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Walking inHarlem with the Second Grade

Jennifer Harley

Students from Thurgood Marshall Academy Lower School beginning their walking tour at the Studio Museum. 
Photo: Jennifer Harley

The Studio Museum in Harlem has a long history of school partnerships. These in-depth, multi-session programs are created in collaboration between the Museum, schools, and community organizations throughout the city. We work with educators of all disciplines, school administrators, parents, artists, and the surrounding community—each partnership is tailored to the specific needs of the school or community organization and designed to build creative experiences that connect art and artists of African descent to school curricula, community needs, and Harlem.

School partnerships offer young people the opportunity to engage with living artists in their classrooms and youth-focused organizations through work with teaching artists. By transforming classrooms into art studios, students learn about artists in our permanent collection and are empowered to think critically and creatively about the world around them as they create their own artwork. These relationships with the surrounding community have always been central to the mission of the Studio Museum and continue to grow and deepen through inHarlem.

Thurgood Marshall Academy Lower School, located on 151st Street, is one of our longest-running school partners, as we have worked with teachers throughout the school for over nine years. This past school year, we continued our partnership with the school’s two first-grade and two secondgrade classrooms. With the second-grade classrooms, we focused on one of their main units of study, “Community.” Every class at the school is named after a Harlem landmark that the students learn about throughout the year, so we were excited to kick off our partnership with a walking tour of Harlem, with site visits to their classroom namesakes, Marcus Garvey Park and the National Black Theatre.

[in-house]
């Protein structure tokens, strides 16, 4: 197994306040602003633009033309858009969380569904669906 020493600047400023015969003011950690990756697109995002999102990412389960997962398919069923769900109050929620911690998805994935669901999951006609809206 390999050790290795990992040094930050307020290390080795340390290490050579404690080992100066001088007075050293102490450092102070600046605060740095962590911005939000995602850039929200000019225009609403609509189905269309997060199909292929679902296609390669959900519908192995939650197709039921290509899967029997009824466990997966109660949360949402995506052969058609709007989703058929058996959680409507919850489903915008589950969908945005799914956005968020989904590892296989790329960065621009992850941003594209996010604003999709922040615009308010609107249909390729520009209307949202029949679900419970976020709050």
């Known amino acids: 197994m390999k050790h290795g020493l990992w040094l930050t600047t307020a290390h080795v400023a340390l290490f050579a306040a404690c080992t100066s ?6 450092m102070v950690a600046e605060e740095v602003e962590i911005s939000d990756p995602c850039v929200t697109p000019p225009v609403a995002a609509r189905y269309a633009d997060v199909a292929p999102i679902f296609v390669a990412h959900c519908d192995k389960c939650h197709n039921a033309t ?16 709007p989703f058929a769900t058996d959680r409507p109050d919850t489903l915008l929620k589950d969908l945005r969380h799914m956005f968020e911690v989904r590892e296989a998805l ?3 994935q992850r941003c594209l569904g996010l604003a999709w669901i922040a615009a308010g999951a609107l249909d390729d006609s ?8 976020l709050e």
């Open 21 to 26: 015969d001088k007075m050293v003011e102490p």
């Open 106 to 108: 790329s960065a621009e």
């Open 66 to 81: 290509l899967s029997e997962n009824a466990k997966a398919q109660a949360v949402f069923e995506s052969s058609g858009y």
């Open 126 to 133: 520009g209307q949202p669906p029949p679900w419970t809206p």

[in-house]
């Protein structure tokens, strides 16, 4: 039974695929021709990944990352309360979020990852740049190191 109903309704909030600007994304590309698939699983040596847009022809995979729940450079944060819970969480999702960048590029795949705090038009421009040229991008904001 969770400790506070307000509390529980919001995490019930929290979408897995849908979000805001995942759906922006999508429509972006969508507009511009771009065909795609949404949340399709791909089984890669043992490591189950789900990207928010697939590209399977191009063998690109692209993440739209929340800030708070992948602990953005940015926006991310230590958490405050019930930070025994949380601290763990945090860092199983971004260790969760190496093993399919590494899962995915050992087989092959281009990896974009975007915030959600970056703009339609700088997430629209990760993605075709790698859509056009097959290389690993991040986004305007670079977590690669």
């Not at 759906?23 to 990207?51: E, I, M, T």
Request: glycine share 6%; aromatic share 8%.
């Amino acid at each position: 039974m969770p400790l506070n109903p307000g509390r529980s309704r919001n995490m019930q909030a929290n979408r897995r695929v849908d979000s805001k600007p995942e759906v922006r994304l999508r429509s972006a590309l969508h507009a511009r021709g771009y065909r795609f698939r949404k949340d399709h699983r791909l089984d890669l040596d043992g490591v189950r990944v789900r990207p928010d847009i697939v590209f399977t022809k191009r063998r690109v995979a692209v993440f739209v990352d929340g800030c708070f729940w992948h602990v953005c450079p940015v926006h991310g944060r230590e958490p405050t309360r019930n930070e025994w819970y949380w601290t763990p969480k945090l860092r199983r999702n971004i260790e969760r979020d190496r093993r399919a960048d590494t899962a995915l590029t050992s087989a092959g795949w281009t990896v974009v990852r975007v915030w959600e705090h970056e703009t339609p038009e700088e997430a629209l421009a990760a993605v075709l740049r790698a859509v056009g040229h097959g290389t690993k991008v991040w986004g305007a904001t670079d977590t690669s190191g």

The walking tour started at the Studio Museum with a conversation around the relationship between the words “Me, We” featured in Glenn Ligon’s installation, Give Us a Poem (Palindrome #2), in the Museum Atrium. The students then left the Museum and walked east on 125th Street, past construction sites and the new Whole Foods on the corner of Malcolm X Boulevard, and then continued down 124th Street to Marcus Garvey Park. As the sun came out, students took a moment to reflect on community through drawing and poetry in the park’s Richard Rodgers Amphitheater. The walk continued to National Black Theatre, where we learned about the history of the theater and the block, and got to peek in on a rehearsal, before we headed back to the Studio Museum. It was exciting to see students exploring and discovering new things in Harlem, the neighborhood where they live and attend school every day.

Students are enthusiastic to continue their partnership this spring and to explore painting and photography as they create their own artwork inspired by Harlem. The classes will focus on artworks from the Studio Museum permanent collection by Lynette Yiadom-Boakye and Jordan Casteel. The students are looking forward to Casteel’s visit to their classes.

Across all of our inHarlem school partnerships we are excited to continue exploring public artworks, exhibitions at our inHarlem partner sites, art in our permanent collection, and Harlem as we continue to collaborate with schools and community organizations.

— Jennifer Harley 
Find more information on our school partnerships and work with educators here.

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All photos: Jennifer Harley

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